It’s been two weeks since the official end of X-Pyr 2016. My personal experience as participant in this amazing race was too short. On day two I caught a thermal just a few meters off the ground while I was already committed to land and ended up crashing into a barbed wire fence. I was incredibly lucky to have hit a post with my shoes and avoided hitting the spikes with my body. But my paraglider wasn’t as lucky. It was still traveling at a high speed and the barbs caused severe damage to about 25% of my wing.
I considered the situation with Alex, my teammate, and we agreed that it was a complex repair, not something we could just tape up and it was a significant safety risk. We didn’t have a backup glider and it was impossible for us to buy, rent or in any other way get another glider within the next few days. I even told Alex I would pack my damaged glider and walk as far as I could, without the possibility of flying, until the race was over. He smartly talked me out of this idea. We decided to call the Race Director and let him know that we were retiring. Our race was over.
For us X-Pyr involved months of planning, training and dreaming. It wasn’t easy to take a step back and see three amazing athletes and pilots make it all the way to the Mediterranean. But because of my background as a mountaineer I understand that there are variables that are outside of my control, that I can’t change and therefore I should accept and move on. That uncertainty is the nature of adventure races like X-Pyr and that’s part of what draws us. My definition of adventure: a journey in which the outcome is uncertain. X-Pyr is definitely an adventure.
Preparing for the race, and the race itself can be a logistical nightmare for participants and assistants. But it doesn’t compare to the extraordinary effort made by the race organizers. While we have mandatory rest periods from 22:30 to 5:30, they kept going all night looking after us. I’m extremely grateful to Íñigo Redín and his amazing team for putting together such a complex race, and still make it challenging but fun for us. I would also like to thank my teammate Alex for planning and dreaming being a part of this adventure with me. You can always expect him to keep a cool head and a smile, and he won’t disappoint.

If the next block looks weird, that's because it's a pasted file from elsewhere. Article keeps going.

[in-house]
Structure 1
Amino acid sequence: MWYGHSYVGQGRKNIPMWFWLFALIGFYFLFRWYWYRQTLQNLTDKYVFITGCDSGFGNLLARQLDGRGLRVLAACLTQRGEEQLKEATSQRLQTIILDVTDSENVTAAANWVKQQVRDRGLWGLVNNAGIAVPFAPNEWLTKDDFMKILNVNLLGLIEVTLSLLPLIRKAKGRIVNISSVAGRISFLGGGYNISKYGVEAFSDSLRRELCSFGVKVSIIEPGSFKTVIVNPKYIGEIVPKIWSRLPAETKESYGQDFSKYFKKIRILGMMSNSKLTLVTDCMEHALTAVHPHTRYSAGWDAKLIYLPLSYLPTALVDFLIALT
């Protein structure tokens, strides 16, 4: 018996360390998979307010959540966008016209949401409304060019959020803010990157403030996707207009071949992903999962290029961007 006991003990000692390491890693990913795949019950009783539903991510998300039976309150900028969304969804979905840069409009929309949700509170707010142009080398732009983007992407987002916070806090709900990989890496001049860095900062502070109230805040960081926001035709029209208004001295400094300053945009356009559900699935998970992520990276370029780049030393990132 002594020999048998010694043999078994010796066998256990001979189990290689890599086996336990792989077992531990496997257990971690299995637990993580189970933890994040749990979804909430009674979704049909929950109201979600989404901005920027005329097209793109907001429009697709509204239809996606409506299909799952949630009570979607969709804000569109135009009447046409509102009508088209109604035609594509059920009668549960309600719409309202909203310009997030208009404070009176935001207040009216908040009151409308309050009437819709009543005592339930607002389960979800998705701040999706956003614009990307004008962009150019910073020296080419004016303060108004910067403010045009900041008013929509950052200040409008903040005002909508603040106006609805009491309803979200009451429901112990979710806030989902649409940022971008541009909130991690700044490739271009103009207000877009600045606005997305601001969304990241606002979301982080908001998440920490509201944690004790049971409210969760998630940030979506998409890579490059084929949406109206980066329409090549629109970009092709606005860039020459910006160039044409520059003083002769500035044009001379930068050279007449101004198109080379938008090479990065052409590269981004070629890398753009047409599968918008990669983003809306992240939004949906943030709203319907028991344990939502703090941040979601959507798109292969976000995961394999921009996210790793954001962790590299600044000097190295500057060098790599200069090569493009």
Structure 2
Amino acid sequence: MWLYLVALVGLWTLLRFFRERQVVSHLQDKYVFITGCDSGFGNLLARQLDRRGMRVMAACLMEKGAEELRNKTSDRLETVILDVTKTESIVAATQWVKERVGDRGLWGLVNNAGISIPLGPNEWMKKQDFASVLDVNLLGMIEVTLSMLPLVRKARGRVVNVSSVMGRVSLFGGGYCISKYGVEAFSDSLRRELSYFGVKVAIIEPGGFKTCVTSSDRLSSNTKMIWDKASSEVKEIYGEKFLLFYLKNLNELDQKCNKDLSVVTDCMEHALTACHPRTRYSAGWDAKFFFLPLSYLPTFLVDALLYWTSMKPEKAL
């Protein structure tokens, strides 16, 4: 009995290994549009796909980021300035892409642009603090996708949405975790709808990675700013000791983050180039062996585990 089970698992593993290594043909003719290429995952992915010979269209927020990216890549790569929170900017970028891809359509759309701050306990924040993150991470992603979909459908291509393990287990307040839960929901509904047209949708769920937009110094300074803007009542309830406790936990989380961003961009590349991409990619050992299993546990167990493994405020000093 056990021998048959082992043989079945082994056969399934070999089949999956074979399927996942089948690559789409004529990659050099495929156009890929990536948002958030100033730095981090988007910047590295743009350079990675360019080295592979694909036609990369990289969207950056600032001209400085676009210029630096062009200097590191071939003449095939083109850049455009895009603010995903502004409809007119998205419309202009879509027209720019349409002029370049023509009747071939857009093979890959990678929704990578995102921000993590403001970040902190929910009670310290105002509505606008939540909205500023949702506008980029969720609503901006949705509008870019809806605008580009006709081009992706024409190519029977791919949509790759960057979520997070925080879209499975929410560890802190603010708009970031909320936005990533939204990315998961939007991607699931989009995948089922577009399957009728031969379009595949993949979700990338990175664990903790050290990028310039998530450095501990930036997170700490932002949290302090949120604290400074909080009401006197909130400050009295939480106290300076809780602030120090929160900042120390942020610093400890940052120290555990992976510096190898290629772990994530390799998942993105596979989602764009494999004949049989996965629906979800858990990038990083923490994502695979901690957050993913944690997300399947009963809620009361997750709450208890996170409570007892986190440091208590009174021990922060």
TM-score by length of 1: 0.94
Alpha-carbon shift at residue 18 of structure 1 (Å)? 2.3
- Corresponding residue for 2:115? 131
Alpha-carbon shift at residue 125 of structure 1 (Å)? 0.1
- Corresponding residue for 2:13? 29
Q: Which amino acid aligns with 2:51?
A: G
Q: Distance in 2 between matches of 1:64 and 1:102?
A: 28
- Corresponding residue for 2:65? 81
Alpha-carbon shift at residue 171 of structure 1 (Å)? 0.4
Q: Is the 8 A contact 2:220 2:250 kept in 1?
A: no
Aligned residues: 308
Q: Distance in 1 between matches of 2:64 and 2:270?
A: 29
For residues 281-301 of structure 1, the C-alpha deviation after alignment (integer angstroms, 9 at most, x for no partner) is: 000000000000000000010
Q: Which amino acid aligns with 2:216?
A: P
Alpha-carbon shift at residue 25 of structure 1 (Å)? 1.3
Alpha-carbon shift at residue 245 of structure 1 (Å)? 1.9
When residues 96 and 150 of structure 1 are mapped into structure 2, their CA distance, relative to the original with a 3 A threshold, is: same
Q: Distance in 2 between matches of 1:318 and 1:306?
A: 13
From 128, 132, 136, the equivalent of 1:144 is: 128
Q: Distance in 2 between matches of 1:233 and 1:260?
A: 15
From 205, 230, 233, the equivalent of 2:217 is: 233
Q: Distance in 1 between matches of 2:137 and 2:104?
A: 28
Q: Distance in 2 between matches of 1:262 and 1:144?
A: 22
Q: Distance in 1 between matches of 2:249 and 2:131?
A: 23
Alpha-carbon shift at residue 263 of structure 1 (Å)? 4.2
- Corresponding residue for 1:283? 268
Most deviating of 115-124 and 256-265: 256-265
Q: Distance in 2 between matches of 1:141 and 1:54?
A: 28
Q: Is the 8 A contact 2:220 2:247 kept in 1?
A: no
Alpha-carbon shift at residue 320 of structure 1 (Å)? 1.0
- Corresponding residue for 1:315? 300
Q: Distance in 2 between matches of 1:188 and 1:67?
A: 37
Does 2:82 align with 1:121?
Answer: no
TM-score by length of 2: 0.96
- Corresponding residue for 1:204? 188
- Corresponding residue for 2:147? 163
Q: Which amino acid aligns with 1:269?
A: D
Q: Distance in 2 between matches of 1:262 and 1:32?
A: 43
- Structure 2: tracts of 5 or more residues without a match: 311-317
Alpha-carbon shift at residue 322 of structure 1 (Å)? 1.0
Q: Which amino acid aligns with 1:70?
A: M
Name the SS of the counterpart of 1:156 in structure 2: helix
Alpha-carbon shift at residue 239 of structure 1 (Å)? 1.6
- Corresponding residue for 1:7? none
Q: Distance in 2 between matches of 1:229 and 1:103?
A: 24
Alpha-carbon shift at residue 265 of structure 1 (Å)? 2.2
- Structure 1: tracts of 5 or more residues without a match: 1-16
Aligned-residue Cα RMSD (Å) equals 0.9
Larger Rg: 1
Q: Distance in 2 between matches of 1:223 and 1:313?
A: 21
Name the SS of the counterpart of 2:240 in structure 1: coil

So what’s next for me? Paragliding competitions, summiting an unclimbed peak in the Himalayas, marathons, ultra-marathons and multi-stage adventure races in the desert. And that’s just until the first half of next year! But I’m sure that wherever I am and whatever I’m doing, on the back of my mind I will be thinking of X-Pyr 2018 and reaching El Port de la Selva.
X-Pyr team Francu/ Chira says farewell to all involved in this wonderful adventure: participating teams, organizers, volunteers and followers. Congratulations for the 3 teams that finished the race, many compliments for all the organizing staff, big like for Spain in general: people, places, customs, mountains!
Reaching the goal was impossible for us, we struggled with heat, strong winds and rains, but in the end it was fun, sharing this amazing experience with nice people and mountain lovers.
A few days ago the third edition of the X-Pyr finished. But its spirit remains tighly between us, and it will remain, unchanged, although the competition will not be held again - we hope this will never happen -, or even if we don't participate again - although we dream to be there at least once more-.